As Wayne Rooney moves into full-time management with Derby County, so comes to an end the playing career of the greatest English talent of his generation.
Rooney’s transition into coaching and management is not unexpected. He joined Derby specifically as a player-coach when he returned to England in January 2020 and has been speaking about his ambition to become a manager for several years. He was working towards his coaching badges as early as 2016 when he was still playing for Manchester United and only 30.
This was someone born to be in football.
Rooney made his breakthrough at Everton aged just 16 and quickly went on to score one of the all-time iconic Premier League goals against reigning champions Arsenal in 2002.
He was a first-team regular for the Toffees at 17 and commanded a record fee for a teenager worth nearly £30m when he moved to Manchester United at 18 in 2004.
It had been Rooney’s performances for England at Euro 2004 that summer that sealed Sir Alex Ferguson’s decision that he had to have him. The prodigy scored four times and his injury early into the quarter-final against Portugal when England were leading has always been regarded as a huge ‘what if’ moment.
Rooney score a hat-trick on his United debut in the Champions League against Fenerbahce and got 17 goals in his debut season. He was part of a new and exciting young team, built around the partnership between himself and Cristiano Ronaldo that brought the club’s most concentrated period of success at a time when domestic and European competition was fiercer than ever.
Rooney won the first of five career Premier League titles in 2006/07, netting more than 20 goals in a single season for the first time. The following year he took the number ten shirt that he would soon become synonymous with and added another domestic title and a Champions League trophy.
With Carlos Tevez also having joined the fold for 2007/08, Rooney, Ronaldo and Tevez has become revered as one of English football’s all-time great attacking trios.
Another Premier League title and Champions League final followed, with United losing out to Barcelona in Rome. Ronaldo then departed and Rooney assumed the mantle as chief goal threat, showcasing a different side to his game as an out-and-out striker. He got 34 in all competitions in 2009/10 in the first season after Ronaldo’s exit to Real Madrid.
Rooney’s time at Old Trafford wasn’t without controversy. He asked to leave United at least once, most famously in 2010 when he questioned the club’s ambition. But he signed a new contract and that season brought his most famous goal – a match winning overhead kick against Manchester City – and a record breaking 19th league title for club as a whole.
Again tasked with scoring goals, Rooney got another 34 in 2011/12. The following season, he was back to his usual deeper role, playing provider for new front man Robin van Persie as United won a milestone 20th league title, the fifth of Rooney’s career. It was his raking pass that Van Persie volleyed home in the decisive game against Aston Villa at Old Trafford.
An FA Cup, League Cups, a Club World Cup and the Europa League completed a full set of trophies.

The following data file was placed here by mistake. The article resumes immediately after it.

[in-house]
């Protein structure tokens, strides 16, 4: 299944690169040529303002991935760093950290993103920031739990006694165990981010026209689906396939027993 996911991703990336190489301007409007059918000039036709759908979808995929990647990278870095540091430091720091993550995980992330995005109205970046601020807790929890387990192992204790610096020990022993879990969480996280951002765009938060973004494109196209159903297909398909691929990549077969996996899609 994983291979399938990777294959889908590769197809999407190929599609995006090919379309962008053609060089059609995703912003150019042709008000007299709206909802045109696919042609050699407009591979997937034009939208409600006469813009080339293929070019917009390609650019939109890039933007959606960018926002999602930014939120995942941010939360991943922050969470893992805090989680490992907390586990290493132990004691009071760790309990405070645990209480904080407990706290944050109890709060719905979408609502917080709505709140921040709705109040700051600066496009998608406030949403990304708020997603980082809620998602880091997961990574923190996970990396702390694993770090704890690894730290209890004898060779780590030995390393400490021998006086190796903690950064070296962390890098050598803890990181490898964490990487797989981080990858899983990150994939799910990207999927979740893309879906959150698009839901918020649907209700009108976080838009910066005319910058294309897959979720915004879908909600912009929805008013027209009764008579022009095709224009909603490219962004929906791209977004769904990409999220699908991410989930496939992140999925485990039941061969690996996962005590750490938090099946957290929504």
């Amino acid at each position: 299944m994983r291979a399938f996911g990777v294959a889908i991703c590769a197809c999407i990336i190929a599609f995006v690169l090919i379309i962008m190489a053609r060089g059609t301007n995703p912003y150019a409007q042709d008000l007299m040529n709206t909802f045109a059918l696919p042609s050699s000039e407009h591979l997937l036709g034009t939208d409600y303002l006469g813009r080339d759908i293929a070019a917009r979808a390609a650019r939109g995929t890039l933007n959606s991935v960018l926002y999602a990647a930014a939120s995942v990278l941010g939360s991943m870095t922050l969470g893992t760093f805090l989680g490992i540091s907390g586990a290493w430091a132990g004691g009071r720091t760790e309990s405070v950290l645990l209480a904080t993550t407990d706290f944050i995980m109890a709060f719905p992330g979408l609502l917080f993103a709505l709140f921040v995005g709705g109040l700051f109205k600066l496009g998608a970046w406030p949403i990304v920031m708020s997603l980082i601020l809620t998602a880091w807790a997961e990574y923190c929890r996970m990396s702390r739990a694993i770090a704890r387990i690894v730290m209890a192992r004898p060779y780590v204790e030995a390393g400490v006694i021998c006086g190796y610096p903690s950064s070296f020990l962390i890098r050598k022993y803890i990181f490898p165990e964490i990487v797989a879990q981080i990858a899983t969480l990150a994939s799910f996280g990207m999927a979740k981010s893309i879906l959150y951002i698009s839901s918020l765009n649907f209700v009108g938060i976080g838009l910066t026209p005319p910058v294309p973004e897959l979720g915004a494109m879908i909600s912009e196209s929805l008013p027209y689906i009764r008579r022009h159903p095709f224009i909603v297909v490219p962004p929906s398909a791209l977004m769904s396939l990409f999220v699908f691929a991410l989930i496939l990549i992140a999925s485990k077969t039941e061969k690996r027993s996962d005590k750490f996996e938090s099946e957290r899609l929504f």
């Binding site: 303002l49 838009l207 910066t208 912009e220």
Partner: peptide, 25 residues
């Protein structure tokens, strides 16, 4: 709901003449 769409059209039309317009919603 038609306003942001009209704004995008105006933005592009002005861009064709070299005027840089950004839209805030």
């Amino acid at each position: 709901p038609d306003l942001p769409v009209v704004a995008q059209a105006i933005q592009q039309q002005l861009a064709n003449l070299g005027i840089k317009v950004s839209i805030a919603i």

With the club struggling in a changing environment after Ferguson’s retirement, Rooney inherited the captaincy in 2014. By then, he was starting to play a little less often and would regularly drop deeper into midfield to plug holes and add creativity to an poorly recruited squad.
Rooney’s consistency was remarkable. For 12 consecutive years as a United player, he scored at least 14 goals in all competitions every season – only in his 13th and last did he drop below 10. As a result, by 2017 he had broken Sir Bobby Charlton’s longstanding goal record, scoring his 250th in a game at Stoke and extending it to 253 by the time he left a few months later.
Rooney had already broken Charlton’s England record in 2015, becoming the first player to score 50 senior international goals for the Three Lions.
The player was still capable of making an impact when he returned to boyhood club Everton in 2017 and was a revelation during 18 months in MLS with D.C. United. He single-handedly resurrected the club’s 2018 season, taking them from the bottom of the standings into the playoffs.
What makes him the best English player of his generation when compared to the likes of Steven Gerrard and Frank Lampard? It’s easy, he won more.
Rooney was often heavily criticised for underperforming in an England shirt. But he was short of fitness at the World Cup in 2006 after rushing back from a broken foot and carried the weight of an expectant nation on his shoulders after his heroics in 2004.
Lampard, Gerrard and others also underwhelmed for England time after time during that period, so Rooney is far from alone in failing to deliver on the promise of the Golden Generation.
When measuring Rooney’s career, consider that he played 676 games at the highest level for Everton and Manchester United and over 760 at club level in total. He scored 366 career goals for club and country and is the all-time record goalscorer for both England’s most famous and revered club and the national team, as well as England’s most capped outfield player.
He is one of only two players in Premier League history to have scored more than 200 goals in the competition and won best goal at the Premier League 20-year anniversary ceremony. He was also a PFA and FWA award winner and at his peak was genuinely world class.
Enjoy your retirement, Wazza.
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